Don’t stay silent when you hear people say these things. Whether there’s a Roxane in the room or the hall doesn’t matter, although they could be there, and having one person speak out against that bullshit may make some difference to them. Speak out regardless. This shit ain’t right.
And listen to women like Roxane. Listen when they tell you want they need from feminism:
Audre Lorde once stated, I am a Black Feminist. I mean I recognize that my power as well as my primary oppressions come as a result of my blackness as well as my womanness, and therefore my struggles on both of these fronts are inseparable.” As a woman of color, I find that some feminists don’t seem terribly concerned with the issues unique to women of color – the ongoing effects of racism and postcolonialism, the status of women in the Third World, the fight against the trenchant archetypes black women are forced into (angry black woman, mammy, Hottentot, and the like).
We can do so much better as this intersectional stuff. We need to do better. We can start by including many more women of color in our reading and viewing and conferences.
You may be worried about that title, Bad Feminist. You may be concerned about someone calling themselves a bad feminist, afraid you’ll be too radically different to agree, but relax. Roxane’s a bad feminist the way that we SJW-type feminists are: bad in the eyes of people like Christina Hoff Sommers, bad according to other feminists who want to define feminism in ways that reduce us down to man-hating, hairy-legged, humorless machines. She’s a feminist I don’t always agree with, of course – I doubt there’s a single feminist in the world I’d agree with on every point minute and huge. Our opinions diverge on things, like her not seeing state-mandated transvaginal ultrasounds for women who want abortions as a form of rape, and me seeing them as so close to rape as makes no difference. It’s a reasonable disagreement, and in every instance where we disagree, she puts her point so clearly that I can see why she would diverge. The world needs all sorts of us, and there’s plenty of room for differences. She’s rock-solid where it truly counts: equality, and social justice, and reproductive rights, and women needing to achieve far more that what we’ve managed to pry out of the patriarchy so far. The best thing is knowing we can be bad, imperfect feminists, and still be awesome feminists after all. Roxane’s final two essays allow you to take a breath and take the plunge without worrying about being a completely perfect feminist. There’s absolutely nothing bad about that.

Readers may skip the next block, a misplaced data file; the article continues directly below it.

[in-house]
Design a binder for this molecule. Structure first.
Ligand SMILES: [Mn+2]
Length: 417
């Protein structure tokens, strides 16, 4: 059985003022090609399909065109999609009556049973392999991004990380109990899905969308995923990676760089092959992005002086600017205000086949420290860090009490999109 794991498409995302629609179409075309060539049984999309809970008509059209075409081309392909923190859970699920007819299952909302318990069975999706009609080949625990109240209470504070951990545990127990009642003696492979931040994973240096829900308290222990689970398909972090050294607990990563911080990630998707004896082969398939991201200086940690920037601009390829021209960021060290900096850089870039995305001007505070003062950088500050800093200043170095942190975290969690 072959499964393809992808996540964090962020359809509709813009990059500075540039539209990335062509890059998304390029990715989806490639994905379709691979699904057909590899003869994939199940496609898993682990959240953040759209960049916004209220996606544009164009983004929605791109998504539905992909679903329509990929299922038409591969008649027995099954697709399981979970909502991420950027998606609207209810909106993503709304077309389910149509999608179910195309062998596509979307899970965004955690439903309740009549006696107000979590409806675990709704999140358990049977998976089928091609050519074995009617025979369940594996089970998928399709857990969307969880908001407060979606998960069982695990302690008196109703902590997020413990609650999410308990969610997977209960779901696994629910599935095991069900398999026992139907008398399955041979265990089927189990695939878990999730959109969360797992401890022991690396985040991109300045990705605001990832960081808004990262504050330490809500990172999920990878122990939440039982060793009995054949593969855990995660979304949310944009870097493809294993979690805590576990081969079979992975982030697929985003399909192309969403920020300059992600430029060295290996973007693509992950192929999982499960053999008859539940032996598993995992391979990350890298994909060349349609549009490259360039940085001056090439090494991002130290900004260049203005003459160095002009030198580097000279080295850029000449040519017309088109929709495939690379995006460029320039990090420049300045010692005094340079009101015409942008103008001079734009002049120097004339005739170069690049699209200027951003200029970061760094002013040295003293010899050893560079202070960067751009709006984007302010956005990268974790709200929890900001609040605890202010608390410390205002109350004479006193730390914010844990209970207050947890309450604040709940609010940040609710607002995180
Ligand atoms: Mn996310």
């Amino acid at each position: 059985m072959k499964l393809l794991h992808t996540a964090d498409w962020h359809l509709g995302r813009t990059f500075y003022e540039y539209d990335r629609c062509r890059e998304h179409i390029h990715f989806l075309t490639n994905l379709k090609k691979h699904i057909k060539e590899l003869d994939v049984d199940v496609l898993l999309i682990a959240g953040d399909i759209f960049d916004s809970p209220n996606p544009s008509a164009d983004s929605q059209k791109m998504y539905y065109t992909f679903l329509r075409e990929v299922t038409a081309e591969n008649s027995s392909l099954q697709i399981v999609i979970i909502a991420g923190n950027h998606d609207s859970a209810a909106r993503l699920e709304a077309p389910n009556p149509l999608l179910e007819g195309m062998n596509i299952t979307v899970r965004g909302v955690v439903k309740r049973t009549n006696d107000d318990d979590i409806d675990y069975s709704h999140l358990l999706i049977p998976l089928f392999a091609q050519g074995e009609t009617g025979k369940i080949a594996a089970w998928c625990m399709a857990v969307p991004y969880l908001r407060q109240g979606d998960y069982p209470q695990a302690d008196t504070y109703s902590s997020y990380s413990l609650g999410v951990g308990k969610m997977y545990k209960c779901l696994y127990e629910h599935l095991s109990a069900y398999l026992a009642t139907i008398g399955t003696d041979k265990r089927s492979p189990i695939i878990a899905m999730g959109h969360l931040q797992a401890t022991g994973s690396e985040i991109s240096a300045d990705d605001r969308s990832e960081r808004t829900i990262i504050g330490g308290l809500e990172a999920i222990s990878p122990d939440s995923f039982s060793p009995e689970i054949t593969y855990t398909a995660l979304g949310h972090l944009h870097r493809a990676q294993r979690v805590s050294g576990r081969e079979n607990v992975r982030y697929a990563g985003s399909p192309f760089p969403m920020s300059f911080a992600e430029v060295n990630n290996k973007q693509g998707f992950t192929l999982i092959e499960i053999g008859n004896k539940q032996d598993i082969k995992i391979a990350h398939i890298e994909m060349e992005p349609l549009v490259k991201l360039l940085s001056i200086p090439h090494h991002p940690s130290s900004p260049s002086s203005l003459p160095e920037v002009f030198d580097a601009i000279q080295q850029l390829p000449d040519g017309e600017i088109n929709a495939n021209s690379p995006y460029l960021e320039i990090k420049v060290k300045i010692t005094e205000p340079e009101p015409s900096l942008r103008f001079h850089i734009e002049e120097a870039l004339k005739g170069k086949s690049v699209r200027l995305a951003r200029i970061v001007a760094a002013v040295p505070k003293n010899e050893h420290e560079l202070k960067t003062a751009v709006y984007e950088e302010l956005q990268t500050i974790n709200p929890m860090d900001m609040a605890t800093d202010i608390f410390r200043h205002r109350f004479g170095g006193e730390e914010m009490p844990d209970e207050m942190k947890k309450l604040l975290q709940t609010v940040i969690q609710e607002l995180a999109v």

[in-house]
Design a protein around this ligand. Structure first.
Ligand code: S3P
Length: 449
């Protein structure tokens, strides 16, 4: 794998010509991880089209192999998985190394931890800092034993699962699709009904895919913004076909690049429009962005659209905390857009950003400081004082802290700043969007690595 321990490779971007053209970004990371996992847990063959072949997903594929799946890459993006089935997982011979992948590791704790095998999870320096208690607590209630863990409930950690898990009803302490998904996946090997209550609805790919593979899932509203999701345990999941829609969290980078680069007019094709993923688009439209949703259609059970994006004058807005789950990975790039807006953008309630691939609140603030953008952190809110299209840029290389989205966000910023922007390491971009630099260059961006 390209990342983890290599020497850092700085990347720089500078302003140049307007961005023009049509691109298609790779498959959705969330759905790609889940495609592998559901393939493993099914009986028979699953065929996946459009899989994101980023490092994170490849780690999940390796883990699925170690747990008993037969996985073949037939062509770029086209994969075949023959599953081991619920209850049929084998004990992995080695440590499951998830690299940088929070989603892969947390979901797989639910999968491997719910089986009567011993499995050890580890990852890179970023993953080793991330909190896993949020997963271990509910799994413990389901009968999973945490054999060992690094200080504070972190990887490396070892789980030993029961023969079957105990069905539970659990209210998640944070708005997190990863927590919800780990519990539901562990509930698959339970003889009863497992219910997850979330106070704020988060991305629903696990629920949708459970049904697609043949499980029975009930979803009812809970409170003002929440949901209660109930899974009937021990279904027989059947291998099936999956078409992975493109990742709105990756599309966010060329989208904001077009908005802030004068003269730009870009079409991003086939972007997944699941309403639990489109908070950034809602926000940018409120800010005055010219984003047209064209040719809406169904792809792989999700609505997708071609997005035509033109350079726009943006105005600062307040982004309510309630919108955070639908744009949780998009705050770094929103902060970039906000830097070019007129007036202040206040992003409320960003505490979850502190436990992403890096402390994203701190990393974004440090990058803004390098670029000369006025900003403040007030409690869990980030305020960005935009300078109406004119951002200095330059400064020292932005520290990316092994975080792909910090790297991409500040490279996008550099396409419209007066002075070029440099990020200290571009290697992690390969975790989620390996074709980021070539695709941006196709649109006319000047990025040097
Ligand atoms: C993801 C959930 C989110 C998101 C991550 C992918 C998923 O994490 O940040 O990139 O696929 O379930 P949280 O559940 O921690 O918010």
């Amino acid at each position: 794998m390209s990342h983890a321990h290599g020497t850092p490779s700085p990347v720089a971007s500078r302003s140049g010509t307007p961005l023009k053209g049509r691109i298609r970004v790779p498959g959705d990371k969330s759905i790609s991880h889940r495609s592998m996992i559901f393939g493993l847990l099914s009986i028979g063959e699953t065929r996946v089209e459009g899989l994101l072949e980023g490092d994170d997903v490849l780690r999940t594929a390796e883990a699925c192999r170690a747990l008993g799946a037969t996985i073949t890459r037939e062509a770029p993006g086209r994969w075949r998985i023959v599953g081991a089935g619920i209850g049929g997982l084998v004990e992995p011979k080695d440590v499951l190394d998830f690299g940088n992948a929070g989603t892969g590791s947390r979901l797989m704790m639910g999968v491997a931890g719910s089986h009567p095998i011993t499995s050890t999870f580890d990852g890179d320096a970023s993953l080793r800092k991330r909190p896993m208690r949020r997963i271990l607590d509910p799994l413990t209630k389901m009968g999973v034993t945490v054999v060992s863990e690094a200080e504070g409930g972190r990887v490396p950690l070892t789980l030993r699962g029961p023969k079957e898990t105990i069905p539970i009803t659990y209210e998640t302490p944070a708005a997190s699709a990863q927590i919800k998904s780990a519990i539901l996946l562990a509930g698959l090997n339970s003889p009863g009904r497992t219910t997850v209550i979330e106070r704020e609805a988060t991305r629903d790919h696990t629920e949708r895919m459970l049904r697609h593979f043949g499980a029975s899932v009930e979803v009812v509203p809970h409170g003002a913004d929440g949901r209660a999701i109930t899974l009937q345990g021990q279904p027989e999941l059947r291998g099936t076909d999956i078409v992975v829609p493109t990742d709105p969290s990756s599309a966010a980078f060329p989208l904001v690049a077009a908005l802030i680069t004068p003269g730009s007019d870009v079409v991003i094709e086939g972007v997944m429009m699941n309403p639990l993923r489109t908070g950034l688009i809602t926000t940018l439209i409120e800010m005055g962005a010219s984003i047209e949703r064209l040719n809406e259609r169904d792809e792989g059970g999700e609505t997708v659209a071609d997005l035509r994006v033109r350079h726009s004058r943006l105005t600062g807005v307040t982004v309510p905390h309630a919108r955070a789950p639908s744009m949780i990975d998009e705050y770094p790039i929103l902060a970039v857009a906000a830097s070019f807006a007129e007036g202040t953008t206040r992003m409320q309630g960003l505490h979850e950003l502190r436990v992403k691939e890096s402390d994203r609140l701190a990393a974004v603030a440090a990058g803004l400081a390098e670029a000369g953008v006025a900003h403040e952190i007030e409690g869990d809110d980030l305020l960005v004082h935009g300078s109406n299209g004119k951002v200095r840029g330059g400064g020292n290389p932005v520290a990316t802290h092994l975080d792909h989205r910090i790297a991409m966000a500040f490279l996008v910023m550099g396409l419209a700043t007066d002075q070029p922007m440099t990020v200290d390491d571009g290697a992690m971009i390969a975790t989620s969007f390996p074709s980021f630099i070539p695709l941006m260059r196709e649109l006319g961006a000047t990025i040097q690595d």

Roxane Gay is definitely a bad feminist, in the sense we meant bad when I was a kid: awesome, beyond cool, totally good. And she’s shown me how to be a better feminist than when I started reading her. I can’t recommend her book and her blog enough.